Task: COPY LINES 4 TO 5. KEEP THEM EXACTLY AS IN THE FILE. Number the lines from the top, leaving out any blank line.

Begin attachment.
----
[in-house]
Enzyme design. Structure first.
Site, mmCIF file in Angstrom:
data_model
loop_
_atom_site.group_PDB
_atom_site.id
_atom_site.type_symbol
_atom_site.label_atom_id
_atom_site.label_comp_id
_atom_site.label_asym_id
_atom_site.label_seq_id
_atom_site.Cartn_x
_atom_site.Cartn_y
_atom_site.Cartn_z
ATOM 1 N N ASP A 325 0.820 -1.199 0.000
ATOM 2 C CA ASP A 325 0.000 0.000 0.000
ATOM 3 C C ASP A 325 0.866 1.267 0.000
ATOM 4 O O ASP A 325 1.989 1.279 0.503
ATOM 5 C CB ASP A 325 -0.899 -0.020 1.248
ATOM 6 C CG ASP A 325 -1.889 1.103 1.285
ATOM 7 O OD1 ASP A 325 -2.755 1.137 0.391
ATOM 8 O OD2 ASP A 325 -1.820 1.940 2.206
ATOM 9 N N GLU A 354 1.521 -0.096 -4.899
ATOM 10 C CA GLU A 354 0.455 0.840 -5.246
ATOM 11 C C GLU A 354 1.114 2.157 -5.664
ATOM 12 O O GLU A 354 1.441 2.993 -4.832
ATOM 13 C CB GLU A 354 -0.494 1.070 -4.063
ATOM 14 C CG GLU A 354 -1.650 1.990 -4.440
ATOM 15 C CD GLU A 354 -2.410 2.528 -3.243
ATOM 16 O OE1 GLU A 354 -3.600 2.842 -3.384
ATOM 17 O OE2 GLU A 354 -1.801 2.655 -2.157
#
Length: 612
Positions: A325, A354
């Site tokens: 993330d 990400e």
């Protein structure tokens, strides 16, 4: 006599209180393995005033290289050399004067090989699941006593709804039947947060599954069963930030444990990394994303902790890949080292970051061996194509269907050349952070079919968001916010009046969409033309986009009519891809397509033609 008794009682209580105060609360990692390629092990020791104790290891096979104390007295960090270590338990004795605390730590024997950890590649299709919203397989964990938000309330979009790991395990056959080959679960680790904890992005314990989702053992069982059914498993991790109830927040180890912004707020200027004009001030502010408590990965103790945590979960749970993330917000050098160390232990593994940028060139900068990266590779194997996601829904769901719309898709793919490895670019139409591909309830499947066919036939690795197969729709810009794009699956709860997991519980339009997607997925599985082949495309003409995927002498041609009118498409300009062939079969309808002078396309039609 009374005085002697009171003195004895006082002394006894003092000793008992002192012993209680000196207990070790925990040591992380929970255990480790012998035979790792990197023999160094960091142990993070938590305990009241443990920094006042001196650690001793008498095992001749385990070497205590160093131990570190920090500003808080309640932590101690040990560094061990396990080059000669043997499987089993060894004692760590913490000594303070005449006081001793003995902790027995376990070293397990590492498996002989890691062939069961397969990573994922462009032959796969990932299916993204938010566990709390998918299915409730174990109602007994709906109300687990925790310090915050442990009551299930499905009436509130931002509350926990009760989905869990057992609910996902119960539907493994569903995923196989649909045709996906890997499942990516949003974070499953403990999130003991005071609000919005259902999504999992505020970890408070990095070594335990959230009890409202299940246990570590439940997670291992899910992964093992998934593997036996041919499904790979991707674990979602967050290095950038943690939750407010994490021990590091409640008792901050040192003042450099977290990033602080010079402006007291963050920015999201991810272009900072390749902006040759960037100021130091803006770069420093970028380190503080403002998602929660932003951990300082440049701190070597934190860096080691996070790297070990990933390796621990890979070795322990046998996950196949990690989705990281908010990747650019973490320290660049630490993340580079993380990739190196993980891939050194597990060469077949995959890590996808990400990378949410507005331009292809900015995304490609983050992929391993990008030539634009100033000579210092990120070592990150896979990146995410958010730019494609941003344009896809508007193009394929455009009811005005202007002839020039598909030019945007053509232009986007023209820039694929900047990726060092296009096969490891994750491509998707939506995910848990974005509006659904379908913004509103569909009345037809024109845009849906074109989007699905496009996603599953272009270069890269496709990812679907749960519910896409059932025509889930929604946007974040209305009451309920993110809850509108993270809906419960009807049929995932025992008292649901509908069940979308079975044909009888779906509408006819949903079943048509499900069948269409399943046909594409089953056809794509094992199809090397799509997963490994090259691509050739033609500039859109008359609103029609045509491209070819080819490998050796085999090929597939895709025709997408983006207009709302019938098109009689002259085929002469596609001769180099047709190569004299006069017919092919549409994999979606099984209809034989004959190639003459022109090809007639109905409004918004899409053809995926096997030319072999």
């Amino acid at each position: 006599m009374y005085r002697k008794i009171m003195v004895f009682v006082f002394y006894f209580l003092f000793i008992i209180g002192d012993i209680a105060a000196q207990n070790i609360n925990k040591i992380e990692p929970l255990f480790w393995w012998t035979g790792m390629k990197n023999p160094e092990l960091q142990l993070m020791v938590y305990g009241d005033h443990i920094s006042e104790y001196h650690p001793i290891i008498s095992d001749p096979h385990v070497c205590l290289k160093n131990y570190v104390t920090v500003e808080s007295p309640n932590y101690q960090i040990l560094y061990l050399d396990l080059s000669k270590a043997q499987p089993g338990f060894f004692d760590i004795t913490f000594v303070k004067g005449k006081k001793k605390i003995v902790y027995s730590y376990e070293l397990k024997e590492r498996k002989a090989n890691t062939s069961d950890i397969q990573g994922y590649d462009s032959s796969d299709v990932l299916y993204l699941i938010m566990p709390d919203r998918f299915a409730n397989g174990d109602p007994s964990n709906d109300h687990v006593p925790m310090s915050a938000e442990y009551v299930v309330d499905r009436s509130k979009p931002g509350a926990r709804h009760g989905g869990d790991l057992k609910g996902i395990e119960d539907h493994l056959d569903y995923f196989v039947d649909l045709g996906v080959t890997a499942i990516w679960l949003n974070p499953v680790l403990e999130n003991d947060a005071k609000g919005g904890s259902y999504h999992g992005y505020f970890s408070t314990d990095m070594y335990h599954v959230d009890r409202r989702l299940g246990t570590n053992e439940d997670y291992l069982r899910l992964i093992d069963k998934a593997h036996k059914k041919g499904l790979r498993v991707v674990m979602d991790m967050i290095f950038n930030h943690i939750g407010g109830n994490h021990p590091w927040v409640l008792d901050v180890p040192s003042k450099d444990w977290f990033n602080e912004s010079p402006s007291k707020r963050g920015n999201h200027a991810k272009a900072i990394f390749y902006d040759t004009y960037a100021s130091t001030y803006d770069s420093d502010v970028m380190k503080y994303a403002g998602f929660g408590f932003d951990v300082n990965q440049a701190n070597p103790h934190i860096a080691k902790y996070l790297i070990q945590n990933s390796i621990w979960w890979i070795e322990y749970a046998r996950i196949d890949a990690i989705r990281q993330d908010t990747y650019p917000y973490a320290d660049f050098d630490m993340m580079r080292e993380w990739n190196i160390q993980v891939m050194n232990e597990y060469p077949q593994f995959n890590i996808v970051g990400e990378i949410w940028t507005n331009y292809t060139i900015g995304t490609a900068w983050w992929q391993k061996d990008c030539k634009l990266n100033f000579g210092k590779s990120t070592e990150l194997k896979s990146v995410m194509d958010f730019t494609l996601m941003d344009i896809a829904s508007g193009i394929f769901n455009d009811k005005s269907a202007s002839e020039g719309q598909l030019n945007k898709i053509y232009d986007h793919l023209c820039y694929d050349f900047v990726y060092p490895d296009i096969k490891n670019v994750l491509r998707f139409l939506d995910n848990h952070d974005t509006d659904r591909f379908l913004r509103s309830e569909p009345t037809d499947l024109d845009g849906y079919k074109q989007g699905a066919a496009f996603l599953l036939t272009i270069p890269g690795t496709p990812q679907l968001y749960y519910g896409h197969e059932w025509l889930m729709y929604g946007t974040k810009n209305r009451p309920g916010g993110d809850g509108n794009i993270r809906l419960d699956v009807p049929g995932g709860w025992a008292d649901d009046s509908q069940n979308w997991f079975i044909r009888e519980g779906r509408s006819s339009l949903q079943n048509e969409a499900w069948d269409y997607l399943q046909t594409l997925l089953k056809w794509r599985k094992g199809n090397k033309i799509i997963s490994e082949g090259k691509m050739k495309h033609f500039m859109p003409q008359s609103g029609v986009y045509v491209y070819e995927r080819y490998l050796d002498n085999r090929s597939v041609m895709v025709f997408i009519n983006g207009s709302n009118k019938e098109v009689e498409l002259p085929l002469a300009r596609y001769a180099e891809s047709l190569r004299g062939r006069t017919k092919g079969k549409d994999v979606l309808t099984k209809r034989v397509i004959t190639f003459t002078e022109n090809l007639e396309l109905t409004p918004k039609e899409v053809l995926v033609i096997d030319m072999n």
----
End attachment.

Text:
data_model
loop_